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Author Topic: A tale of two photos  (Read 2612 times)
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« on: 15 September 2011, 01:41:49 pm »

leonie
Forum Member


Australia
20 Posts   Posted - 11/11/2002 :  11:55:36 PM   
I have two photographs, sent to me by a friend, who's grandfather was in the 12LHR & 4AMGS - which I feel are worth looking into. One is of the back end of german biplane, three, obviously, aussie soldiers inspecting same. The plane appears to be an Albatros D.111 single seat fighter.
Note on back says "The story is that this enemy aeroplane landed near where the Lighthorse unit was, because of engine trouble, and thus was captured." Looking for further enlightenment, but think it could be at Fara, 1917, jusst need proof.

Second photo is of an australian army nurse mounted on a camel, in front of a sphinx and the great pyramid. Note on back of photo says "I've a vague memory of being told she (being the nurse) was a very popular person, who sadly met the tragic fate of being murdered, which of course caused great outrage amongst the troops." (I feel this may be related to the start of the Egyptian Rebellion.)

Any help trying to confirm the stories of either of these photos would be greatly appreciated.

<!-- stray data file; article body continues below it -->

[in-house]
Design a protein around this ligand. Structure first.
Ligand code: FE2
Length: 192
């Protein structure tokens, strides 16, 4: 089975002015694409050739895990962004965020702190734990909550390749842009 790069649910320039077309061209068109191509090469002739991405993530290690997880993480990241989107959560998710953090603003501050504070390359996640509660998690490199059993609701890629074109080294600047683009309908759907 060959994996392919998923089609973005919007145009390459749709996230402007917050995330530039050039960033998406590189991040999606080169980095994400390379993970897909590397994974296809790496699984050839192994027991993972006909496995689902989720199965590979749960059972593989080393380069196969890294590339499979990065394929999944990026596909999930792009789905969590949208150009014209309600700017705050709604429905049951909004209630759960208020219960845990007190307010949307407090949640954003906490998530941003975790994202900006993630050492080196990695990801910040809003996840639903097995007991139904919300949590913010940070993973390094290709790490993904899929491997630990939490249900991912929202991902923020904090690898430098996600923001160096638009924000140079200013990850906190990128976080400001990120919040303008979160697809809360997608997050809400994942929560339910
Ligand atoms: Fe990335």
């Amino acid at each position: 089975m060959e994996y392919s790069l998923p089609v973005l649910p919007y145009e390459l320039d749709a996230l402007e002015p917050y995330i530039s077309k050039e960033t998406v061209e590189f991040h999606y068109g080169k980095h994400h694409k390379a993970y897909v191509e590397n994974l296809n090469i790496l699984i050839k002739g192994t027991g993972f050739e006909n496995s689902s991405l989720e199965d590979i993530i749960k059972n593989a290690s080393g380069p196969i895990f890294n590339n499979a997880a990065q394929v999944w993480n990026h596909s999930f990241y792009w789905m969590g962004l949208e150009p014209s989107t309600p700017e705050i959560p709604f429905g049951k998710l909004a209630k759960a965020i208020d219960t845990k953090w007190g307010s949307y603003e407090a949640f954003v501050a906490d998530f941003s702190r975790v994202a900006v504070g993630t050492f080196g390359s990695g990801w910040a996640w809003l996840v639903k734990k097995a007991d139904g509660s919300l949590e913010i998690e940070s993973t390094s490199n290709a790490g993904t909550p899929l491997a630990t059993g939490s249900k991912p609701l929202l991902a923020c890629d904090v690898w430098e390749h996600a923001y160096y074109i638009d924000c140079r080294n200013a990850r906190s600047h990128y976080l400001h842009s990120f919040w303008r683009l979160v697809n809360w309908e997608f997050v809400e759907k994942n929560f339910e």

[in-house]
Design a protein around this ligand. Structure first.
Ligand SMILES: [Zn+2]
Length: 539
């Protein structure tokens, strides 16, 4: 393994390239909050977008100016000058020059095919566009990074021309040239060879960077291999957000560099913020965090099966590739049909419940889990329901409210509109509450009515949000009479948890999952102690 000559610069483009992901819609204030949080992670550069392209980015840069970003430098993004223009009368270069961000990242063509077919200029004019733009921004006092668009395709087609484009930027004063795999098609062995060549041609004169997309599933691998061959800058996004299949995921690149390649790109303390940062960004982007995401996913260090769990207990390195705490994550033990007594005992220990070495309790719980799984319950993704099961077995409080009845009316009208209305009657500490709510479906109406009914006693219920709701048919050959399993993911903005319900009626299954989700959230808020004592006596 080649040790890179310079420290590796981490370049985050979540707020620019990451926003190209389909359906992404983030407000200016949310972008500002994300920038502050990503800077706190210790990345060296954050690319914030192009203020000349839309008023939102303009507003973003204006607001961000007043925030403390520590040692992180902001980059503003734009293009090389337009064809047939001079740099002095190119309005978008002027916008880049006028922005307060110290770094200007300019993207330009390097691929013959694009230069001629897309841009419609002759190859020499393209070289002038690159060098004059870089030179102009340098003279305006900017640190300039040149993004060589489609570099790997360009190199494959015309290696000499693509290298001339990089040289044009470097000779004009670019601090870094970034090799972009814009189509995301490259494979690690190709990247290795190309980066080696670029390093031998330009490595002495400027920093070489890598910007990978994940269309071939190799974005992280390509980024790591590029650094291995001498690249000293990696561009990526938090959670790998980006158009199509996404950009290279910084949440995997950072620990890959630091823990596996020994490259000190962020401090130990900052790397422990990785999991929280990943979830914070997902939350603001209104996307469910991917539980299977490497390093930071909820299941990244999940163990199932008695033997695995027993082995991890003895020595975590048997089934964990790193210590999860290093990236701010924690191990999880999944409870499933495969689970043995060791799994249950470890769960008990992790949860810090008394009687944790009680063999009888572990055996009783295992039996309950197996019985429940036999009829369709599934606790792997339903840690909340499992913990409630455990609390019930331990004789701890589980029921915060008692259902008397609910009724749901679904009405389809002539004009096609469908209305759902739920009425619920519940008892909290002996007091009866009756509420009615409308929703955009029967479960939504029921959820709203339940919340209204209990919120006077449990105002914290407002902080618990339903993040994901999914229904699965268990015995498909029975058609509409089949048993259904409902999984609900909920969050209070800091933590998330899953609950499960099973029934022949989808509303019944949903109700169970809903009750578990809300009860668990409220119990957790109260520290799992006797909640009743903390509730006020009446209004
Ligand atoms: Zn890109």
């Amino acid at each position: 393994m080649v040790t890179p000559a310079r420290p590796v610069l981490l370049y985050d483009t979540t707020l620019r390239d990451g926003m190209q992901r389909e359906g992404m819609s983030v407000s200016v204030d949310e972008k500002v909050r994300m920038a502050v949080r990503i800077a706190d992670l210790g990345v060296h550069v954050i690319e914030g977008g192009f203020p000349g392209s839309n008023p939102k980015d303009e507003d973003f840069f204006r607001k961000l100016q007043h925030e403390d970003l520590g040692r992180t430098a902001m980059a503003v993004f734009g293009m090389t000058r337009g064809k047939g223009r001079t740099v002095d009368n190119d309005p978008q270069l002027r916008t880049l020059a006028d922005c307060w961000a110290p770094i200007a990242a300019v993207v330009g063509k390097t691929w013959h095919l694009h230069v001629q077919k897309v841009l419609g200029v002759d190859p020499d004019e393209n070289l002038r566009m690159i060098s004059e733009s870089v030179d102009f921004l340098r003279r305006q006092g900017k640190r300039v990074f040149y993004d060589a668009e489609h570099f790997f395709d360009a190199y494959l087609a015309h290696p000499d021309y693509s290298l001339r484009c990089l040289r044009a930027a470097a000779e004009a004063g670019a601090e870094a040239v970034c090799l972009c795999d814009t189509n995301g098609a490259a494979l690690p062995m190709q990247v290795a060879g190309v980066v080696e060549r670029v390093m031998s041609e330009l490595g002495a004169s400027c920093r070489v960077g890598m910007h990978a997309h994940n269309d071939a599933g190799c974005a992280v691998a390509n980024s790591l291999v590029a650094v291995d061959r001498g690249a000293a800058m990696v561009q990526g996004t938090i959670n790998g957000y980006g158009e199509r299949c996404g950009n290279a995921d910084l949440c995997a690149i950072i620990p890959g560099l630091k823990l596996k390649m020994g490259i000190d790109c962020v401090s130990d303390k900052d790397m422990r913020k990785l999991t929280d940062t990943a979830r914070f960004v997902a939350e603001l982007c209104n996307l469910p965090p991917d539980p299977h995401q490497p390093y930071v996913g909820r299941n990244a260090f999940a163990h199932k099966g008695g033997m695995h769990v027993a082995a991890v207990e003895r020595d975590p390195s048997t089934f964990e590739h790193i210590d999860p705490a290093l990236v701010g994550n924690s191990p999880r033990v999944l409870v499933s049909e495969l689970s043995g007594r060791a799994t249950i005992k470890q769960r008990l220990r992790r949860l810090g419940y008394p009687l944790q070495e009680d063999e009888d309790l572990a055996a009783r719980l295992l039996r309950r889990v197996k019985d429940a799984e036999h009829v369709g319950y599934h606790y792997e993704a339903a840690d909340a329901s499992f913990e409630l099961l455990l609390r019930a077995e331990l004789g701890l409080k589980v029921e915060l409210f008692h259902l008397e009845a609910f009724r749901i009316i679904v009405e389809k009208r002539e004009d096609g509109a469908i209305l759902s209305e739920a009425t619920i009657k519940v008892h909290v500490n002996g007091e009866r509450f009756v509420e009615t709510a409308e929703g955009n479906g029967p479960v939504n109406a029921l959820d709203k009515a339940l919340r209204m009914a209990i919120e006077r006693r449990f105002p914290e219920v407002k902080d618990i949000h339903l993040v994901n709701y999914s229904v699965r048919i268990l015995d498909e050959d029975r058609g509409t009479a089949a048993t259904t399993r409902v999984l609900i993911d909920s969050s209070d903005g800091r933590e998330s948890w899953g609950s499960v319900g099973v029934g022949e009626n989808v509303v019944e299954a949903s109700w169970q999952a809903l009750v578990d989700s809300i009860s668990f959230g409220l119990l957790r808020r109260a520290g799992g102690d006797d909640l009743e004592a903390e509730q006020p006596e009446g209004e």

stevebecker
Veteran Forum Member
 


1866 Posts    Posted - 12/11/2002 :  11:37:35 AM 
There were a small number of enemy aircraft brought down by our airman over our territory. The only photo I could find was in the Offical History Vol Viii (The Aust Flying Corps). Plate next to Page 127 if its the same?
Was a Rumbler brought down over Ramleh airfield by Lt Finlay (ex Camel Corps) August 1918.
A photo on a camel in front of the Pyramids is the stanard one taken by the troops in Egypt and you can still do it today. I have a number sent to me as they think there relations were in the camel corps because there rideing a camel.

As to the stories I have not heard of them I quickley went threw the book by S Brugger "Australian and Egypt" which deals with some detail the uprising by the Egyptian's in 1919 but could find no mention of any nurses killed by the locals. But there were many rumours around about them killing white people, many were not true but. There were some 33 killed and 116 wounded (civil and military) by the natives, I could not find out if any of these were women?

S.B


Rob THomas
Advanced Forum Member
 

Australia
464 Posts    Posted - 12/11/2002 :  2:29:06 PM